In an age of environmental unpredictability and rising cost of living one thing not being discussed enough is self-sustainability. Understanding how to grow and prepare one’s own food is an incredible life skill to develop, regardless of one’s chosen profession. This is something that Michael Kosko and the educators at Al Raby School for Community and Environment, Chicago, IL are taking on right now through their program “Aquaponics: Growing Our Own Food Sustainably.” By teaching students how to grow their own herbs and vegetables, alongside certain types of fish they are hoping to create a program that produces students mindful about their environment and who can also cook up a decent, healthy filet of fish. This program will also provide students with the opportunity to explore issues of food justice and food deserts which many students experience within their communities.
— Michael Kosko (@MrKosko) January 25, 2015
Recipe for Success
This project is unique to the Chicago area. While there are many culinary and horticulture/agriculture programs in the city, Al Raby will be the first to combine these two types of programs into one. The Office of CTE (career and technical education) Programs provided equipment for the culinary lab. In the grow lab, students will grow salad greens, kale, and various herbs while taking care of tilapia and koi. Eventually, this program is looking to partner with local businesses to sell the student harvest. In the classroom, students will study the life cycles of plants and fish and the optimal way to grow both. Since this class will be heavily rooted in the scientific method and student inquiry, students will also study how different variables affect plant growth including temperature, light intensity, nutrient/chemical levels, water quality, diseases, and aquatic pests. And since no pesticides or synthetic fertilizers are used, all produce grown in the lab is classified as organic according to the USDA National Organic Standards Board (NOSB) definition.
Building a Grow Lab and Disseminating Learning
Ultimately, the goal of the project was to build out a grow lab in the school to support their preexisting culinary/food science career and technical education (CTE) program when those classes began in September 2016. Accomplishing that meant getting the grow lab up and running, which they did, leading to a bountiful harvest in May. Students who took the vegetables home came back with rave reviews from family and friends.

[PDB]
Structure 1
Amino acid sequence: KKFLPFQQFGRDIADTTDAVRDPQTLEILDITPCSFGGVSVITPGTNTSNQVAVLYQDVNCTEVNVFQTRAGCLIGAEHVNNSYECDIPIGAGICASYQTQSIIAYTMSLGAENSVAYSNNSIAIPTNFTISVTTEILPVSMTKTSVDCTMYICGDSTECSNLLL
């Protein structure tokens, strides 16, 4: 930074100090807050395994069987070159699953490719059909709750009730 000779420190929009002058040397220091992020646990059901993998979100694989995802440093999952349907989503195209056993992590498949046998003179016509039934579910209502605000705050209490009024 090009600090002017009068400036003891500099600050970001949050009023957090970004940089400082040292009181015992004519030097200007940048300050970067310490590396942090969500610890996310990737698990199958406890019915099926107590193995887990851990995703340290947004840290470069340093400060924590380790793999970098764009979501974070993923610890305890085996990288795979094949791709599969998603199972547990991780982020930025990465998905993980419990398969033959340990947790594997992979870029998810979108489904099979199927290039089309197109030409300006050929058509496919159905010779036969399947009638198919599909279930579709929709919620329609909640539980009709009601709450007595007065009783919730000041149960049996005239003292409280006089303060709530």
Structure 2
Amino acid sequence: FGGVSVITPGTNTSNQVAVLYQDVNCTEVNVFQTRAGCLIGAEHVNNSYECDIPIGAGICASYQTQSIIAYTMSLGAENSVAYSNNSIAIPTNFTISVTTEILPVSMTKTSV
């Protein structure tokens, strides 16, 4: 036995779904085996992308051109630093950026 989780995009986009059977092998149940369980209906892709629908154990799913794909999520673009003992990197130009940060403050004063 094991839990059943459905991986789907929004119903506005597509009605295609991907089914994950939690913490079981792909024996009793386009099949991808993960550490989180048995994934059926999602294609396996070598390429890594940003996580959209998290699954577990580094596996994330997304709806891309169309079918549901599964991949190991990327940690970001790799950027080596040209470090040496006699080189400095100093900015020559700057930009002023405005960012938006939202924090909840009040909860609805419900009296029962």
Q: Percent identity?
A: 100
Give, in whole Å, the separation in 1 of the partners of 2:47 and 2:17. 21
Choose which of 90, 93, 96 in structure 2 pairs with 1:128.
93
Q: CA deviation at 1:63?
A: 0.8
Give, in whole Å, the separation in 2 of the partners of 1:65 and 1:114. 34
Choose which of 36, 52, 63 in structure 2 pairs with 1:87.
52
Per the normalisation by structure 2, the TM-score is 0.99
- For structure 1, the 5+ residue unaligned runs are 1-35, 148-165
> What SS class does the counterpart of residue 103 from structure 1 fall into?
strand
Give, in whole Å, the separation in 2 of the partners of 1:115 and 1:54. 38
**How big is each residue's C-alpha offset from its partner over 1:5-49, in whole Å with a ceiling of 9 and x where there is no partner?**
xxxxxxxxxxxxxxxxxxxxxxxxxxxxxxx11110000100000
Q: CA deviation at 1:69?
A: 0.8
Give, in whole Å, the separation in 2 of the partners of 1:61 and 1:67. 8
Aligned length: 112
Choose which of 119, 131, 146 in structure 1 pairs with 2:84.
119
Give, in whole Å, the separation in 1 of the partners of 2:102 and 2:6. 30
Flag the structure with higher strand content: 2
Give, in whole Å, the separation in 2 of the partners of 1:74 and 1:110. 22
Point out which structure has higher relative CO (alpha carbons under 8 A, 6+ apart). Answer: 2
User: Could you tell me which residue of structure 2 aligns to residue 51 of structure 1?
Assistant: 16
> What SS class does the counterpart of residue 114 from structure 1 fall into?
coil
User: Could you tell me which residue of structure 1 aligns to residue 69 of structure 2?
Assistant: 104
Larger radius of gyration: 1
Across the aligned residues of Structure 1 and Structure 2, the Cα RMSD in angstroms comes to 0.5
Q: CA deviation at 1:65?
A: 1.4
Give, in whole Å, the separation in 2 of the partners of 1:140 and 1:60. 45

Currently they are working with the Garfield Park Conservatory, to create a teen docent program made up exclusively of Al Raby culinary students. Fifteen of their freshmen students interviewed for ten spots on the inaugural docent team. During the summer, these students work to create educational experiences for area elementary students and during the school year they will be released from their culinary classes once a month to lead tours for second and third graders.
Along with those benefits, this past summer the selected students ran experiments in the grow lab with Akilah Henderson, the Student Engagement Coordinator at the Conservatory. Under Akilah’s guidance the students will tracked the growth of crops on the conservatory’s farm and in the lab, building on the Botany students’ work from the past semester.
Meeting Challenges and Planning for the Future
They were not without difficulties. Unfortunately they discovered too late that the district requires schools to obtain special permission to raise fish. Because of this, the first round in the lab had to do without the fish. But David Blackmon, the program coordinator for all the culinary CTE programs throughout the district, toured the lab earlier in the month and is working with central office to obtain permission for Al Raby to start raising tilapia and koi next school year. Fortuitously, fish can easily be added to the current units in the lab with no modifications once permission is obtained.
Regardless of the fish-hiccups it sounds like the students and educators at Al Raby are off to a great start. It sounds like before long they’ll be swimming in so much fish and so many vegetables they’ll have have trouble giving them away!
Plans for a dinner for district leaders and community stakeholders are in the works to share the success and help others savor the impact of the project.
- Nonprofit hopes to spread aquaponic farming to schools across the country (PBS)
- Aquaponics STEM Food Growing Systems in the Classroom (Aquaponics USA)
- Classroom Gardening: Hydroponics or Aquaponics (Bright Agrotech)
- Aquaponics Education for Schools | Systems & Curriculum (Ecolife Conservation)
Science, inquiry, project-based learning, and relevance take center stage in STARS.